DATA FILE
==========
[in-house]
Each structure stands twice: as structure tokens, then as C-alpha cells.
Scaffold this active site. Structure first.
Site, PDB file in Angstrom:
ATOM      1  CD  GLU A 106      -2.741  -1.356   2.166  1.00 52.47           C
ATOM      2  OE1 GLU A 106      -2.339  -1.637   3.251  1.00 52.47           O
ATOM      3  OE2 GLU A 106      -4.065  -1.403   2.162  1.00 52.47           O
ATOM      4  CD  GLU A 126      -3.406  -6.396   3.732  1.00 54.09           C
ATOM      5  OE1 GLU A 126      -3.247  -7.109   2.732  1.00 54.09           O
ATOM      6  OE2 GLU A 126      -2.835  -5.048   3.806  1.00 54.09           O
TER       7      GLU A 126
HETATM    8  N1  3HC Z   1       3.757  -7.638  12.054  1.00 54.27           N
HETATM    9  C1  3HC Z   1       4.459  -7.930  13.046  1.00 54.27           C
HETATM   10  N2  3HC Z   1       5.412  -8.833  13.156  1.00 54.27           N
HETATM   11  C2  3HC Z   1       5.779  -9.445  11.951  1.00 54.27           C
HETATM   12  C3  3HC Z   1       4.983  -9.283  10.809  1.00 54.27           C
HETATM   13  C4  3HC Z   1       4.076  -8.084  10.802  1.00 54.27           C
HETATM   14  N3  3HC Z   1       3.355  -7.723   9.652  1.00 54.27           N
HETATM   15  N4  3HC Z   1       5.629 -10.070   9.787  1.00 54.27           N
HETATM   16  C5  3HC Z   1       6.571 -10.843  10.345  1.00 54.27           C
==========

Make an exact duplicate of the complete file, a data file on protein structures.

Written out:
[in-house]
Each structure stands twice: as structure tokens, then as C-alpha cells.
Scaffold this active site. Structure first.
Site, PDB file in Angstrom:
ATOM      1  CD  GLU A 106      -2.741  -1.356   2.166  1.00 52.47           C
ATOM      2  OE1 GLU A 106      -2.339  -1.637   3.251  1.00 52.47           O
ATOM      3  OE2 GLU A 106      -4.065  -1.403   2.162  1.00 52.47           O
ATOM      4  CD  GLU A 126      -3.406  -6.396   3.732  1.00 54.09           C
ATOM      5  OE1 GLU A 126      -3.247  -7.109   2.732  1.00 54.09           O
ATOM      6  OE2 GLU A 126      -2.835  -5.048   3.806  1.00 54.09           O
TER       7      GLU A 126
HETATM    8  N1  3HC Z   1       3.757  -7.638  12.054  1.00 54.27           N
HETATM    9  C1  3HC Z   1       4.459  -7.930  13.046  1.00 54.27           C
HETATM   10  N2  3HC Z   1       5.412  -8.833  13.156  1.00 54.27           N
HETATM   11  C2  3HC Z   1       5.779  -9.445  11.951  1.00 54.27           C
HETATM   12  C3  3HC Z   1       4.983  -9.283  10.809  1.00 54.27           C
HETATM   13  C4  3HC Z   1       4.076  -8.084  10.802  1.00 54.27           C
HETATM   14  N3  3HC Z   1       3.355  -7.723   9.652  1.00 54.27           N
HETATM   15  N4  3HC Z   1       5.629 -10.070   9.787  1.00 54.27           N
HETATM   16  C5  3HC Z   1       6.571 -10.843  10.345  1.00 54.27           C